President Biden on Monday will propose a budget packed with tax increases on corporations and high-income earners, new spending on social programs, and a wide range of efforts to combat high consumer costs such as housing and college tuition. .

The new spending and tax increases included in the fiscal 2025 budget have almost no chance of becoming law this year, given that Republicans control the House and staunchly oppose Biden’s tax agenda. Last week, House Republicans approved a budget proposal outlining his priorities, which are very far from what the Democrats have asked for.

Instead, the document will serve as a draft of Biden’s political platform as he seeks re-election in November, along with a series of contrasts intended to draw a distinction from his presumptive Republican opponent, former President Donald J. Trump.

Biden has tried to regain strength on economic issues with voters who have given him low marks amid rapid inflation. This budget aims to present you as an advocate for greater government aid for workers, parents, manufacturers, retirees and students, as well as the fight against climate change. Biden’s budget proposes more than offsetting the cost of those priorities through tax increases on big businesses and the wealthy. The president has already begun trying to portray Trump as the opposite: a supporter of bigger tax cuts for corporations.

“A fair tax code is how we invest in the things that make this country great: health care, education, defense and so much more,” Biden said Thursday during his State of the Union address.

Later in the speech, in a call and response with House Democrats, Biden added: “Friends at home, does anyone really think the tax code is fair? Do you really think big, rich corporations need another $2 trillion tax cut? Surely not. “I’m going to keep fighting like hell to make it fair.”

Polls show Americans are dissatisfied with Biden’s handling of the economy and favor Trump’s approach to economic issues. But Biden has been steadfast in his core economic policy strategy and the budget is not expected to deviate from that plan.

White House officials, anticipating the budget release, said Biden would propose about $3 trillion in new measures to reduce the budget deficit over the next decade. This is in line with his budget proposal last year, which reduced deficits by raising taxes on corporations and the wealthy and allowing the government to negotiate more aggressively with pharmaceutical companies to reduce spending on prescription drugs.

Biden is set to once again call for raising the corporate tax rate to 28 percent from 21 percent, the level Trump set in the tax bill he signed in late 2017. Biden will also propose raising a new minimum tax on large corporations and quadrupling a tax on stock buybacks, among other efforts to raise more revenue from companies and individuals earning more than $400,000 a year.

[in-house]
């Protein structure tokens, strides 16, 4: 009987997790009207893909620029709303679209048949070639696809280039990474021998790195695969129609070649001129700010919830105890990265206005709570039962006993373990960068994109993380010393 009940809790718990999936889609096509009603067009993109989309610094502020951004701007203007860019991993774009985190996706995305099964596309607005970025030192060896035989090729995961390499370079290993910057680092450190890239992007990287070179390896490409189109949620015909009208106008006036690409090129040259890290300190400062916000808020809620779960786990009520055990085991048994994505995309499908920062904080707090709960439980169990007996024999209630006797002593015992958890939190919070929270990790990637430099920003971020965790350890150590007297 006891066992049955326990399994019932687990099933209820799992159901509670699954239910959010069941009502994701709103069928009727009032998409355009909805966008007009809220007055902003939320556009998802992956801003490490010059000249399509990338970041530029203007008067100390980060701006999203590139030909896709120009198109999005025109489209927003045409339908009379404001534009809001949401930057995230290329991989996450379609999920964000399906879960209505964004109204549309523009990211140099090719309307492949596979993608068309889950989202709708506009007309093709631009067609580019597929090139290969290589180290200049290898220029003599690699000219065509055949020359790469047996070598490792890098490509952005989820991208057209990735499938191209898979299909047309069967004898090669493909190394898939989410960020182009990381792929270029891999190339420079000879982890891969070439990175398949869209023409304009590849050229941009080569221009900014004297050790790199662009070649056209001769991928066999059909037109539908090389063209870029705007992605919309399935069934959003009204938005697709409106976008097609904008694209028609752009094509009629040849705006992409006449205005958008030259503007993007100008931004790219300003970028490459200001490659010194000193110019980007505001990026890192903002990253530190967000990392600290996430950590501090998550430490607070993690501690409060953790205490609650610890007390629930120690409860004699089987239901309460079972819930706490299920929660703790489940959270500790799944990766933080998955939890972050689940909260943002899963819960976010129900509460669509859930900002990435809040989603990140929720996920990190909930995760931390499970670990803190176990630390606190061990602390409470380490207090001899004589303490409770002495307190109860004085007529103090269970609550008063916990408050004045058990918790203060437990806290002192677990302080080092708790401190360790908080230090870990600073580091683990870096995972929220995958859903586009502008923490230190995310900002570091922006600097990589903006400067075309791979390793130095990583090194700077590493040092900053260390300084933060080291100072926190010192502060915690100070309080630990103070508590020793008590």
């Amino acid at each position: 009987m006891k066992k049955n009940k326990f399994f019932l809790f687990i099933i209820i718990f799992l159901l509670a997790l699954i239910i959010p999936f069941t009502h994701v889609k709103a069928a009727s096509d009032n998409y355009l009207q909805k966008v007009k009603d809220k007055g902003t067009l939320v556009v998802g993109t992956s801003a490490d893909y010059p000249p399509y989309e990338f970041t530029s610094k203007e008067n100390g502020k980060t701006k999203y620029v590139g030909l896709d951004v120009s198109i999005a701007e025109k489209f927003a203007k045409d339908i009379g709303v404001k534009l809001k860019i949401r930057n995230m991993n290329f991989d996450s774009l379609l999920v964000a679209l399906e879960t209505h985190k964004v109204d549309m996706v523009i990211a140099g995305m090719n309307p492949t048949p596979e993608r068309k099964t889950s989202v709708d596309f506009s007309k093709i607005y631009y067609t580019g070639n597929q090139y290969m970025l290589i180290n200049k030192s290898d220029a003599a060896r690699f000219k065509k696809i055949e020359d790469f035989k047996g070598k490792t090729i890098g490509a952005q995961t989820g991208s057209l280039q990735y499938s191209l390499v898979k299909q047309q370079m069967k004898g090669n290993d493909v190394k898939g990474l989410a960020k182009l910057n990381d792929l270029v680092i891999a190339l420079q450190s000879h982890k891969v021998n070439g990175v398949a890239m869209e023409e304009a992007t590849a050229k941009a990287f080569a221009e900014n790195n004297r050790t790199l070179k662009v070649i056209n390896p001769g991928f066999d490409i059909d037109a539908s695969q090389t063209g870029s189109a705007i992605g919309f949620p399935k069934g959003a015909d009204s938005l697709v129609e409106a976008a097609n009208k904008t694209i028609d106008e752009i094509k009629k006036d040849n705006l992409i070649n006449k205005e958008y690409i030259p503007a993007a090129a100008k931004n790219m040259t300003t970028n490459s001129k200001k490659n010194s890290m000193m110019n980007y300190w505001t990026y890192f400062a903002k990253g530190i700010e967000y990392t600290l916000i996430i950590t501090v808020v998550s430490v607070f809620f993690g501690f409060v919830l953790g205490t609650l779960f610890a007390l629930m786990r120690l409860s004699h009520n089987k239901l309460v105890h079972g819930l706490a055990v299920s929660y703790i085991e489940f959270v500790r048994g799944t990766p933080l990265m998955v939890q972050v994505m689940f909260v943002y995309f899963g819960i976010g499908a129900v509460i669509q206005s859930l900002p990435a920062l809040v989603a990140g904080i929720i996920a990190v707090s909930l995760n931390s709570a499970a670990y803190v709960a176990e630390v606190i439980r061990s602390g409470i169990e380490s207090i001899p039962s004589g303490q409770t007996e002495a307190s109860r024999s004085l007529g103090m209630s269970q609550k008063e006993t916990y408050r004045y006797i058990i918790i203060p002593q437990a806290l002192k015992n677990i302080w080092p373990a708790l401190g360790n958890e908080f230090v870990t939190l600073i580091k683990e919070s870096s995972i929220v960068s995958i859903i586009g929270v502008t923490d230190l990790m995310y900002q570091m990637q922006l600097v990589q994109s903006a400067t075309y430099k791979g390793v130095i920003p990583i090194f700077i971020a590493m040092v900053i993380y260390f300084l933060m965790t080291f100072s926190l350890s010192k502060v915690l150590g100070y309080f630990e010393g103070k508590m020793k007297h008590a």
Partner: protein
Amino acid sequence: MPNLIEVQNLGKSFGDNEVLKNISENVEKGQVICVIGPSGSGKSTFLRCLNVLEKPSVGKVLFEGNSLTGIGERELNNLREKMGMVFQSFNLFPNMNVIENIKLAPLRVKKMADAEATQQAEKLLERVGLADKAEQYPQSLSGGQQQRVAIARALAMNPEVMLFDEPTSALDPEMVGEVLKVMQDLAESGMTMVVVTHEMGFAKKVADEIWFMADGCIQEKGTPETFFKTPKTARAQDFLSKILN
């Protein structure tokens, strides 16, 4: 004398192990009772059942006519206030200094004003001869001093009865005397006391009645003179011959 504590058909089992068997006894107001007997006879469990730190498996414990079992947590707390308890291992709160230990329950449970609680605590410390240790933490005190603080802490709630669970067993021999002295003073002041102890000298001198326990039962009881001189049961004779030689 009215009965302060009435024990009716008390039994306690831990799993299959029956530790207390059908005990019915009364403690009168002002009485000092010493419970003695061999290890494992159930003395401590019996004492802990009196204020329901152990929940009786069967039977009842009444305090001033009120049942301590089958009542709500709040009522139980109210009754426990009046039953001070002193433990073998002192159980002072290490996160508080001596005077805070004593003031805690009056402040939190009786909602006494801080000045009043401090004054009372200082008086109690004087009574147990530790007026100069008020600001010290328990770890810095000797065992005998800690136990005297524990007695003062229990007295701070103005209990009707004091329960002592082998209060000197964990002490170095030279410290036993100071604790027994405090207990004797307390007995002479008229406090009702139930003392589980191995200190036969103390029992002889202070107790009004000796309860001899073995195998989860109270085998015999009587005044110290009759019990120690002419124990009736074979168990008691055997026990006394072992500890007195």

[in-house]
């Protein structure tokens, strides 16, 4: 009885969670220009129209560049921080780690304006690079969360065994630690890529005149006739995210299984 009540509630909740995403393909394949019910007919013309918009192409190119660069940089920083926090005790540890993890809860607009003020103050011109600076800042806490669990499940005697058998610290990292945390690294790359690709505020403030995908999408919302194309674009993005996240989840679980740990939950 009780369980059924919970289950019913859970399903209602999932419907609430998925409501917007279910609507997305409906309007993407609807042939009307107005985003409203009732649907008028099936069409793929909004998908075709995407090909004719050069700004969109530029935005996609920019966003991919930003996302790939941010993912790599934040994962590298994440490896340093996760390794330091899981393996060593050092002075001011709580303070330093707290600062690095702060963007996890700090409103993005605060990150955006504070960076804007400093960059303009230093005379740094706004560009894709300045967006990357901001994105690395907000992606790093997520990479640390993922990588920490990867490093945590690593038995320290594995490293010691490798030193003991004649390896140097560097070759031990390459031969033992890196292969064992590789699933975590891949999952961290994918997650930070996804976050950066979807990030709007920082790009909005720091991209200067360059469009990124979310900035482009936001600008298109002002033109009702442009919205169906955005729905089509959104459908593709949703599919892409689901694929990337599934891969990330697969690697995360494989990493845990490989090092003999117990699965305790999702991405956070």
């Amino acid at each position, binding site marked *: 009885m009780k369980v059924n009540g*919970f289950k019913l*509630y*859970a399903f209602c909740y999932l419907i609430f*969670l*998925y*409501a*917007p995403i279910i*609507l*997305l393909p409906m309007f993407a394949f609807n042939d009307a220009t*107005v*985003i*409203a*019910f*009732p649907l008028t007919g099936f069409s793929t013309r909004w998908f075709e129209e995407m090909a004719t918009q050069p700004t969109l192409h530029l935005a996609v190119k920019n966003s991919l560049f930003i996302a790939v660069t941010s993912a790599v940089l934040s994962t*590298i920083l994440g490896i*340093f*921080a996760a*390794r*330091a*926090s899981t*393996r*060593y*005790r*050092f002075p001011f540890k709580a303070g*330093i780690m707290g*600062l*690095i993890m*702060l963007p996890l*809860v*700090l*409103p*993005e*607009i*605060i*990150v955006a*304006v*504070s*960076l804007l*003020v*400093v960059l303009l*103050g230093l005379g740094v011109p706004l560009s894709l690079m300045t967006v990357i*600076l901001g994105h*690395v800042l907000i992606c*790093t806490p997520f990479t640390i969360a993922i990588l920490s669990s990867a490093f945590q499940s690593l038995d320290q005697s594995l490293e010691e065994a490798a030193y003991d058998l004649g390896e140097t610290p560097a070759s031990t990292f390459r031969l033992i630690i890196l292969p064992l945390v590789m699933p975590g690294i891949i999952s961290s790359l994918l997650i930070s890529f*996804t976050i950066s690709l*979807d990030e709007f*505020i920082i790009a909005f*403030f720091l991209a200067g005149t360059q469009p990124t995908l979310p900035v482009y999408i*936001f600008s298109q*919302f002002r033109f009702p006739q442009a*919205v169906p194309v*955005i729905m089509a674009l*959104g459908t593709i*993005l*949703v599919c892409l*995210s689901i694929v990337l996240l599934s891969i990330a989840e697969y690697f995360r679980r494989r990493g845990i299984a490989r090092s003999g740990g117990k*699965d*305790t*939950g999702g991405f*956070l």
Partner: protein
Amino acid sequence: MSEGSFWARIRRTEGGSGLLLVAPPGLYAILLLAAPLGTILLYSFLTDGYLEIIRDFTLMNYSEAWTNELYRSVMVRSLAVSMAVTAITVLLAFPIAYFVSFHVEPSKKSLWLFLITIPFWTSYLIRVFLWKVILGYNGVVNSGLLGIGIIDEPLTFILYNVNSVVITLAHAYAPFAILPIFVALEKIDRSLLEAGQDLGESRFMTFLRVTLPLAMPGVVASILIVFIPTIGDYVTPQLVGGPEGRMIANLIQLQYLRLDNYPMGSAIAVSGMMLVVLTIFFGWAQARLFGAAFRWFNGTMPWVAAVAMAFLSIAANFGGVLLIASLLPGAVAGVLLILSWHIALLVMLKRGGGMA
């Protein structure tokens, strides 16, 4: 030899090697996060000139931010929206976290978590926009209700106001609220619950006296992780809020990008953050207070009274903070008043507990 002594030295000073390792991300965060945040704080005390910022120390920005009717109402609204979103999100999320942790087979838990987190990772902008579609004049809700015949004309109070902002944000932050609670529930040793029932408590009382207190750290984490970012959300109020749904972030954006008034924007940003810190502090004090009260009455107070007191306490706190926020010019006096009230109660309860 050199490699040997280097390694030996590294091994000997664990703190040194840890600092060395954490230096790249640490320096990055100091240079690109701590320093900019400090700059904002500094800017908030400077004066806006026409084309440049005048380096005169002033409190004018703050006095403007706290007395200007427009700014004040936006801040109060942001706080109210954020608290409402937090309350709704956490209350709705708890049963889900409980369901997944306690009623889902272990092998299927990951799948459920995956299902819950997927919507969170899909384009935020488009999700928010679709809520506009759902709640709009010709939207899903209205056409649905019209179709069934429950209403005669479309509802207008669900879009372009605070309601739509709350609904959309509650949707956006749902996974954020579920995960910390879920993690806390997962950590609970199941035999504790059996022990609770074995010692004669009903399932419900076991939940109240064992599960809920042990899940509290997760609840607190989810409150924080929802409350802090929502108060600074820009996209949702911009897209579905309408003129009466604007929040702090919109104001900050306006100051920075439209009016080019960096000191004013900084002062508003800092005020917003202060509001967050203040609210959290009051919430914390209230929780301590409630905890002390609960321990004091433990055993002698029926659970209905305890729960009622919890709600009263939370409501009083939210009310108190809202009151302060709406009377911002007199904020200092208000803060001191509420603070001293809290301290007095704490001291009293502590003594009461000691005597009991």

Those savings would build on discretionary spending limits that Biden and congressional Republicans agreed to last year to resolve a standoff over raising the nation’s debt limit. But even if Congress were to accept Biden’s $3 trillion proposals, the deficit would still average about $1.7 trillion a year for the next decade, according to projections from the Nonpartisan Congressional Budget Office.

House Republicans last week released a budget that seeks to reduce deficits much faster, balancing the budget by the end of the decade. Their savings depended on economic growth forecasts that are well above the expectations of traditional forecasters, along with steep and often unspecified spending cuts.

The nonpartisan Committee for a Responsible Federal Budget called the Republican plan “unrealistic in its assumptions and results.” Last year, the same group said Biden’s budget fell “well short of the deficit reduction needed to put the nation on a sustainable fiscal path.”

Biden and his aides have repeatedly said they are comfortable that the projected deficits in their budgets will not hurt the economy. Instead of pivoting toward more aggressive deficit reduction, as previous Democratic presidents did after losing control of one chamber of Congress, Biden has leaned toward the need for new spending programs and targeted tax incentives.

White House officials said the new budget proposal would continue that trend. It will include a national paid leave program for workers. It will restore an expanded child tax credit that Biden temporarily created in his $1.9 trillion economic stimulus law in 2021, and which helped significantly reduce child poverty in the span of a year before it expired.

It will also include new efforts to help Americans deal with high costs. That issue has dogged Biden among voters since inflation soared during his term to its highest levels in four decades, even as price increases have cooled over the past year. Biden previewed many of those efforts in his State of the Union address, including new tax credits for certain homebuyers and greater assistance for people to purchase health insurance through the Affordable Care Act.

Biden will also call for new efforts to improve the solvency of Social Security and Medicare, though not the full Social Security overhaul he anticipated in the 2020 campaign but has failed to deliver on in office. He will oppose benefit cuts to the programs, officials said, suggesting that he favors a familiar strategy to bolster them: raising taxes on higher earners.